With Pineapples reaching $3 a piece on the retail shelf, I received a question regarding the proper procedure for sampling pineapples when determining the percent of soluble solids (brix), specifically how many pineapples would have to be destroyed, for the extraction of juice.
The produce inspector had done his research, noting the USDA does not have specific documented procedures on how to determine the percent of soluble solids for pineapples. The USDA does have specific procedures for soluble solids when inspecting cantaloups, grapes, kiwi, and watermelons. The procedures vary, ranging from selecting 4 watermelons to 15 kiwifruit to extract the juice.
Because there are no specific USDA procedures for pineapples, the USDA does have a “default” procedure to follow. The inspector should randomly select 2 pineapples from each sample, plug the pineapple (reaching into the center of the pineapple), remove the skin, and squeeze the juice from each plug. The juice is mixed up, creating a composite sample of juice, to be placed on your refractometer.
But the big question remains, “How Many Pineapples Will Be Destroyed?” Since the USDA will select 2 pineapples per sample, the real question is, “How many samples are needed?” The USDA usually follows a 1% sampling rate guideline, but will take a minimum of 3 samples for smaller lots. For example, for carton lots of up to 350 cartons, the USDA will sample 3 cartons, resulting in 6 pineapples being randomly selected for the soluble solids (2 per sample). If there are 500 cartons in the lot, the USDA will sample 5 cartons, meaning 10 pineapples will be selected for soluble solids. If there are 1000 cartons in the lot, the USDA will sample 10 cartons, and select a whopping 20 pineapples to plug for soluble solids.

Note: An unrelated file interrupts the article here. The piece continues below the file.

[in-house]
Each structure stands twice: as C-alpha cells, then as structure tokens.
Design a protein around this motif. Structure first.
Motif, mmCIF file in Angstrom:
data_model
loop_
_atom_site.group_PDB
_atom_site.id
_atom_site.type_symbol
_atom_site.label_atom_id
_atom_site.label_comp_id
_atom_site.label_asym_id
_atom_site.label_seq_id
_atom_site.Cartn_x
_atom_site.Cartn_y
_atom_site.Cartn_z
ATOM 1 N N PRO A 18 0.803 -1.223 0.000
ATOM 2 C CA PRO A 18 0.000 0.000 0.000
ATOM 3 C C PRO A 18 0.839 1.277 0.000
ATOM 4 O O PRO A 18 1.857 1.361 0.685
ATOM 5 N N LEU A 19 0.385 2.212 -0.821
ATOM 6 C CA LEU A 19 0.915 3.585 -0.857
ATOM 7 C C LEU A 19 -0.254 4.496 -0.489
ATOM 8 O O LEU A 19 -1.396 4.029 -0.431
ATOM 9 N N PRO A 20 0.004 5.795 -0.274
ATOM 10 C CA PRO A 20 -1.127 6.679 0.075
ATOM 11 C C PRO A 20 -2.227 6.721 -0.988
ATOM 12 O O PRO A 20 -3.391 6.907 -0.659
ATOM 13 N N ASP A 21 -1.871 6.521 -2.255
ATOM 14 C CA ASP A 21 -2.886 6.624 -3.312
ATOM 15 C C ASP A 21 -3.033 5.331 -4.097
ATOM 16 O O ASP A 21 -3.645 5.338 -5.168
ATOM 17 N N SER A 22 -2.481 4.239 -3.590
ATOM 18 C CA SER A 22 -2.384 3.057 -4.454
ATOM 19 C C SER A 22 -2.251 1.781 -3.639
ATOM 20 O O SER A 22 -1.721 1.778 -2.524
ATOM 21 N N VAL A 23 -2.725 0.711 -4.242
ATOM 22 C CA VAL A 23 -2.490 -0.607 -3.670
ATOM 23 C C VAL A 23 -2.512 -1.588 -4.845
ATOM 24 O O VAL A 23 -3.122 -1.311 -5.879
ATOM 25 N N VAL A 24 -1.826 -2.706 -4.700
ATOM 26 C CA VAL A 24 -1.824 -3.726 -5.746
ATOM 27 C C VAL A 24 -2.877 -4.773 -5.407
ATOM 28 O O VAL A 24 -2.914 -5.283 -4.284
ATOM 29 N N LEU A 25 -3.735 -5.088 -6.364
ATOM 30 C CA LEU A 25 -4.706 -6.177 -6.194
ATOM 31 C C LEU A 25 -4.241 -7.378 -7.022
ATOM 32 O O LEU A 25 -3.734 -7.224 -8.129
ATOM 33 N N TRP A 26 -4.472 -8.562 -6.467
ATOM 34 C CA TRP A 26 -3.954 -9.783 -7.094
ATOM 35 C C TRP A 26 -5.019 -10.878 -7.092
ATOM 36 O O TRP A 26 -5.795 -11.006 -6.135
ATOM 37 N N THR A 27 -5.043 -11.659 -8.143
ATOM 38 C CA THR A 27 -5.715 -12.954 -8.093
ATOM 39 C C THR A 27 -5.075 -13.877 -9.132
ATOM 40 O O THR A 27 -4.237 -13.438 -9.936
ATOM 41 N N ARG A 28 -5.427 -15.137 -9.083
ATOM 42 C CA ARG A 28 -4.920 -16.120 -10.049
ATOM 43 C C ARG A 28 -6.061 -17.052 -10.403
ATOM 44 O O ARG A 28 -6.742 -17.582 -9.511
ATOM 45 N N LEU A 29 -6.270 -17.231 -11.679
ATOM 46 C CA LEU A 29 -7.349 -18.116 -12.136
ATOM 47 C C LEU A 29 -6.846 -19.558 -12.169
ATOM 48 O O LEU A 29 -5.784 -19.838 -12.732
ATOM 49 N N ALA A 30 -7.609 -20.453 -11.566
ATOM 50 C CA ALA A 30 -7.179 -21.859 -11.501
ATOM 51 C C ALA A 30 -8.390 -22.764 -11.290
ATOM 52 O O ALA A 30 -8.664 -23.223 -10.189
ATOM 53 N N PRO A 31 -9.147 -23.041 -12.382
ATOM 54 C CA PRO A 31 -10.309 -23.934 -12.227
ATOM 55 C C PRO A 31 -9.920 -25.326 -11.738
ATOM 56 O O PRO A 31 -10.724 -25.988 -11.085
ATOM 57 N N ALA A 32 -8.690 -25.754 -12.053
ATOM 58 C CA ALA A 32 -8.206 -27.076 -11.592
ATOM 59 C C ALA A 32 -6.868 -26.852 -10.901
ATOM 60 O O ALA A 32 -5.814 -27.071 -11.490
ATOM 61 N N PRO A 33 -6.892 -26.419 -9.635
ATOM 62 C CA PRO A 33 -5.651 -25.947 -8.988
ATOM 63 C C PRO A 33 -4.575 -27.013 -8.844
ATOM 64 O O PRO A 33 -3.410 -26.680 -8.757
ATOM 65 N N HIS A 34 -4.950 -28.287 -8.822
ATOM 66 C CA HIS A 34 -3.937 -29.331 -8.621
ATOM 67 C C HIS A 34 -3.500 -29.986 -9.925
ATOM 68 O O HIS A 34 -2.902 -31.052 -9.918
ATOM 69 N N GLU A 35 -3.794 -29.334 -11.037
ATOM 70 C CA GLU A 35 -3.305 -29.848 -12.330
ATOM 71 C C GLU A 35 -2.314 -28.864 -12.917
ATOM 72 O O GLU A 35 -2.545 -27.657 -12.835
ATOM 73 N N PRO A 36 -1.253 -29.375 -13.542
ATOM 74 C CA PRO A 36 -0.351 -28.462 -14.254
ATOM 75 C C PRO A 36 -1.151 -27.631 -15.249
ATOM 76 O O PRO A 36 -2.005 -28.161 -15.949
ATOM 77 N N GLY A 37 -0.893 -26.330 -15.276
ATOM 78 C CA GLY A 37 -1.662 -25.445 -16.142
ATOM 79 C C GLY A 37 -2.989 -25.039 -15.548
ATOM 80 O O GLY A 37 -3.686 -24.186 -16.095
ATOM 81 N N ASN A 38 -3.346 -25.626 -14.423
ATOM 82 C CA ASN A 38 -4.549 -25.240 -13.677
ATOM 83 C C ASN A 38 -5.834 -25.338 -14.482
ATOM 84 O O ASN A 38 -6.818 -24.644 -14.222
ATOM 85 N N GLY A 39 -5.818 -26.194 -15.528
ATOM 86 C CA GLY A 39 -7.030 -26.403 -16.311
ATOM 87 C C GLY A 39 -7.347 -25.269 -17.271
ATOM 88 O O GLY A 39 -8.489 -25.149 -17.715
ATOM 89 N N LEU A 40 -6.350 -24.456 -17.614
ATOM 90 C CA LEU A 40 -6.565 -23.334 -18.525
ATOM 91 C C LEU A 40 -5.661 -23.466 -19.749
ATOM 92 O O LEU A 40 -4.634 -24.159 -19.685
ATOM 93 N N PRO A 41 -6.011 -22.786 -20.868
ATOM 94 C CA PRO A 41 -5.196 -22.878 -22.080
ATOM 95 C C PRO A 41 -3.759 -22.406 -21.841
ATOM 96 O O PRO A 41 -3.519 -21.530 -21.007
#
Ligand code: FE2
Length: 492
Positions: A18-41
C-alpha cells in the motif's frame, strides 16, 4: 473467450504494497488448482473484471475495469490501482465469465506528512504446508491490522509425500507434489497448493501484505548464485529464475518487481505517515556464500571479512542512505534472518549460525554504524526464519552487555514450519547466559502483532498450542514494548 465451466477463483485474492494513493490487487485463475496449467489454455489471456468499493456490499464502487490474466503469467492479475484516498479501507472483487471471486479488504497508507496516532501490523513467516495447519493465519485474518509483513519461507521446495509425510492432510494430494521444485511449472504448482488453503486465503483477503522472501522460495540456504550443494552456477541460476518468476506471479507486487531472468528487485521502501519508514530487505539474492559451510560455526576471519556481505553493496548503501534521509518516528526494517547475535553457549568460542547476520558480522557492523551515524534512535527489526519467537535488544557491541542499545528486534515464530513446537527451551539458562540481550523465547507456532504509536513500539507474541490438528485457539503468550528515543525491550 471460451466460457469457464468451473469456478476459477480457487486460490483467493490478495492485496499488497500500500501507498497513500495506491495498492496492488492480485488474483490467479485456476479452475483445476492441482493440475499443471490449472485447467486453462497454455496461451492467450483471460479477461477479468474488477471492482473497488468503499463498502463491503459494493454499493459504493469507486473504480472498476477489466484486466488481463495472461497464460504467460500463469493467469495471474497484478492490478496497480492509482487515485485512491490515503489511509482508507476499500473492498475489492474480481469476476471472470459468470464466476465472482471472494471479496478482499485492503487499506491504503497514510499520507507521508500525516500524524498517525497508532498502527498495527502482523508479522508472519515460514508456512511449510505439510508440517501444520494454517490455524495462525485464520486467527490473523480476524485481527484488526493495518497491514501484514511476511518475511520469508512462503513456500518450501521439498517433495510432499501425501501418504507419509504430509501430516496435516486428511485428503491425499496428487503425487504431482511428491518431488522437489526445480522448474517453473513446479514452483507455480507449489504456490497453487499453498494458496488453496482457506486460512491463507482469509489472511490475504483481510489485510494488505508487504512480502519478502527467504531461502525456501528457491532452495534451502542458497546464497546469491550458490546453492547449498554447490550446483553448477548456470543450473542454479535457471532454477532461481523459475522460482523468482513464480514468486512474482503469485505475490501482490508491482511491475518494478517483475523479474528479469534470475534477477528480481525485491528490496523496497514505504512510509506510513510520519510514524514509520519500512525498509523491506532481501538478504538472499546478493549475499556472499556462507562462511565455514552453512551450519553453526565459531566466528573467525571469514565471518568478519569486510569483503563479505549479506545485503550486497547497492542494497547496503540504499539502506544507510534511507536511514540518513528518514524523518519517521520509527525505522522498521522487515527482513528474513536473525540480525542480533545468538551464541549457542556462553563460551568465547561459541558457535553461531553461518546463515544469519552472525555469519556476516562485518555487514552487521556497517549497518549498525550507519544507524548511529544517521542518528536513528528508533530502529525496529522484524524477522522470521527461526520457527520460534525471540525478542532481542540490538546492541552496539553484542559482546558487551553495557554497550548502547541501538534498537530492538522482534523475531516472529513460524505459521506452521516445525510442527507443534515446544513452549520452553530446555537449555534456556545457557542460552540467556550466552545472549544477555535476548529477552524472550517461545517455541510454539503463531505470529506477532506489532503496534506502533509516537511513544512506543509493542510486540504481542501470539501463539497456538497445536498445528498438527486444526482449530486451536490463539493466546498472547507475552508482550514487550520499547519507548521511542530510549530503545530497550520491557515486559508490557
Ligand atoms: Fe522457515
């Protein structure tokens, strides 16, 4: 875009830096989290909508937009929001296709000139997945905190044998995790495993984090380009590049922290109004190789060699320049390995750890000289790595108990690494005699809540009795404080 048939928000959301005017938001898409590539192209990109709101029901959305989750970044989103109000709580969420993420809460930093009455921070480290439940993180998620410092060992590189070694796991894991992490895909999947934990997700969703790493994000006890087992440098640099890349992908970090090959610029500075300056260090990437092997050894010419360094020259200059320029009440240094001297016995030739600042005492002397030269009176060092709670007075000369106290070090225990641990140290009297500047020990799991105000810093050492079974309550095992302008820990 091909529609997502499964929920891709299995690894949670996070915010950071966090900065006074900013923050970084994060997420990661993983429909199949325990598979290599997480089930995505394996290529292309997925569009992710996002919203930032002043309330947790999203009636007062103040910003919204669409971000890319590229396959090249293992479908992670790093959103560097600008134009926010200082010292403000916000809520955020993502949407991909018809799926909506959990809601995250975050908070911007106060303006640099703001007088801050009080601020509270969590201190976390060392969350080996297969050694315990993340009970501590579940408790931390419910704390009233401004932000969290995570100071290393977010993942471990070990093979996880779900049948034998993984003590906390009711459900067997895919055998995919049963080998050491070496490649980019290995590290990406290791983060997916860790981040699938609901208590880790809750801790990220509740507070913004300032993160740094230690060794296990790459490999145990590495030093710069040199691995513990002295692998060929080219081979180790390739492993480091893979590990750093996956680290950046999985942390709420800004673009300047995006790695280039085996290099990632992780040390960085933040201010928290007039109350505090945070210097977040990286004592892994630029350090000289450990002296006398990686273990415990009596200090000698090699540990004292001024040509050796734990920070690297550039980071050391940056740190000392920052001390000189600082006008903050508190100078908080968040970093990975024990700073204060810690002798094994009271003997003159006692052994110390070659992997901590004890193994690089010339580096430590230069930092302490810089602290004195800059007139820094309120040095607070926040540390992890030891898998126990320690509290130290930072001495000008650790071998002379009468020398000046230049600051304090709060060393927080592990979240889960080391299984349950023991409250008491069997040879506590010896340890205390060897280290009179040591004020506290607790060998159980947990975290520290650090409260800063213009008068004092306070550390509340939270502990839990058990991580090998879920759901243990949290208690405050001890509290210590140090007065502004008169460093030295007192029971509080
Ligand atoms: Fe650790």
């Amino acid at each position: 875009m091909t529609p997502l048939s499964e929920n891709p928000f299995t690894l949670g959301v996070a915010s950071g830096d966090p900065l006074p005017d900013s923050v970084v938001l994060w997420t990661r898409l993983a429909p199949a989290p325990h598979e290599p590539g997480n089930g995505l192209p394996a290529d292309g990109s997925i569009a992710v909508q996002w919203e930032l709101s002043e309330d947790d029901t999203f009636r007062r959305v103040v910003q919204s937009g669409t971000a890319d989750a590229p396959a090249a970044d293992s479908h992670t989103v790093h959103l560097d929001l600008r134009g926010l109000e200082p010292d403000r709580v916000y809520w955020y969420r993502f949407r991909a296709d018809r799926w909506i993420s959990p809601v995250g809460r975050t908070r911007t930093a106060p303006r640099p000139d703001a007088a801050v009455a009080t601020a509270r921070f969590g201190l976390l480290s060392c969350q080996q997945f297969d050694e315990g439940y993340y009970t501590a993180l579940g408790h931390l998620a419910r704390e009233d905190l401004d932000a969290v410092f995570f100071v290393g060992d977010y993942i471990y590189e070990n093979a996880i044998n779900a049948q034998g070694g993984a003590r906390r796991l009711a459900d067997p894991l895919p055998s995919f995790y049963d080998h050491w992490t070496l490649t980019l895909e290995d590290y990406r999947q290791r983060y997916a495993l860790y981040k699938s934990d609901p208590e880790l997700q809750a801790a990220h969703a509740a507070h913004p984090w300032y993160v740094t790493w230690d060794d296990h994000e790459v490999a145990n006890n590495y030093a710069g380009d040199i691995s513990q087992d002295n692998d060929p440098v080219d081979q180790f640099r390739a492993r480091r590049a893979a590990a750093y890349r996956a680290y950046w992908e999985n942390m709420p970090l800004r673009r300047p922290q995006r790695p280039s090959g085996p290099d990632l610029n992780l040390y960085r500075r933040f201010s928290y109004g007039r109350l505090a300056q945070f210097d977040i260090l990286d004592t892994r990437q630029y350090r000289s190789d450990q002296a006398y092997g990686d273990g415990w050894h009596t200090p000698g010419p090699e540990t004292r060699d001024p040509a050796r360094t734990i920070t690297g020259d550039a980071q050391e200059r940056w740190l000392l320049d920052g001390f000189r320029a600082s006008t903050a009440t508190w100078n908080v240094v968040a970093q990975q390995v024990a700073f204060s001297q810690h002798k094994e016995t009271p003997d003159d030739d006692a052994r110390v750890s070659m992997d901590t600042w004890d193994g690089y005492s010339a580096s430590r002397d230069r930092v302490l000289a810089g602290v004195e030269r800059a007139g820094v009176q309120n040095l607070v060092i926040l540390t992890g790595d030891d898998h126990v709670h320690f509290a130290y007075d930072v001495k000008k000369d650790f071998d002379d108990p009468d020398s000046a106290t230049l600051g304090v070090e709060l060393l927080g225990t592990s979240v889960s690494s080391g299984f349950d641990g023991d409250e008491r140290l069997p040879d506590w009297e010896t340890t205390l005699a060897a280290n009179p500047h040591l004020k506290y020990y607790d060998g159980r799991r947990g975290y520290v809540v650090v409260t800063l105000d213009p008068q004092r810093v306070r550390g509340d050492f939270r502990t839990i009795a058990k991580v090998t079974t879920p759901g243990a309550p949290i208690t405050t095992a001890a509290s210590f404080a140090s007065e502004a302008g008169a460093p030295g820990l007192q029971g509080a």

This procedure will be followed no matter the type of carton. Even if the cartons only hold 6 pineapples, 2 pineapples, or 33% of them will be selected for soluble solids determination. Personally I think is an overkill. I would think if you randomly selected somewhere be 4 and 7 pineapples (as is the case for watermelons and cantaloups) and follow the proper procedure when plugging the fruit, removing the skin and squeezing the plugs for a composite mix, this should work for you and your shippers.
Click here if you would like to read the US Grade Standard for Pineapples.
I would love to hear from others and hear what procedure they follow when sampling for soluble solids.